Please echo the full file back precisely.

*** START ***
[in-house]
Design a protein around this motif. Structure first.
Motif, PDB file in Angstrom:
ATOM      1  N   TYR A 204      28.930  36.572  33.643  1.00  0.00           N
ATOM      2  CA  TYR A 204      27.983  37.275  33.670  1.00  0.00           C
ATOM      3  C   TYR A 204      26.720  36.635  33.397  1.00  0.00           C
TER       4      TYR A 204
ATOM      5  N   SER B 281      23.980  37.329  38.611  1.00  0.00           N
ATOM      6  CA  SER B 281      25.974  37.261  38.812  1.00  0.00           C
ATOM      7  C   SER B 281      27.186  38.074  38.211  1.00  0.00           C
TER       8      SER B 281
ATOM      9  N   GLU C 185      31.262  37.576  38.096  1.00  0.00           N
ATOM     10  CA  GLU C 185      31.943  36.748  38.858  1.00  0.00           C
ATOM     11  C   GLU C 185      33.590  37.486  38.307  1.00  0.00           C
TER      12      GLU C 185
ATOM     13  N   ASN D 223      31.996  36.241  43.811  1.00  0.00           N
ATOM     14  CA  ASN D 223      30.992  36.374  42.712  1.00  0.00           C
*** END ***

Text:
[in-house]
Design a protein around this motif. Structure first.
Motif, PDB file in Angstrom:
ATOM      1  N   TYR A 204      28.930  36.572  33.643  1.00  0.00           N
ATOM      2  CA  TYR A 204      27.983  37.275  33.670  1.00  0.00           C
ATOM      3  C   TYR A 204      26.720  36.635  33.397  1.00  0.00           C
TER       4      TYR A 204
ATOM      5  N   SER B 281      23.980  37.329  38.611  1.00  0.00           N
ATOM      6  CA  SER B 281      25.974  37.261  38.812  1.00  0.00           C
ATOM      7  C   SER B 281      27.186  38.074  38.211  1.00  0.00           C
TER       8      SER B 281
ATOM      9  N   GLU C 185      31.262  37.576  38.096  1.00  0.00           N
ATOM     10  CA  GLU C 185      31.943  36.748  38.858  1.00  0.00           C
ATOM     11  C   GLU C 185      33.590  37.486  38.307  1.00  0.00           C
TER      12      GLU C 185
ATOM     13  N   ASN D 223      31.996  36.241  43.811  1.00  0.00           N
ATOM     14  CA  ASN D 223      30.992  36.374  42.712  1.00  0.00           C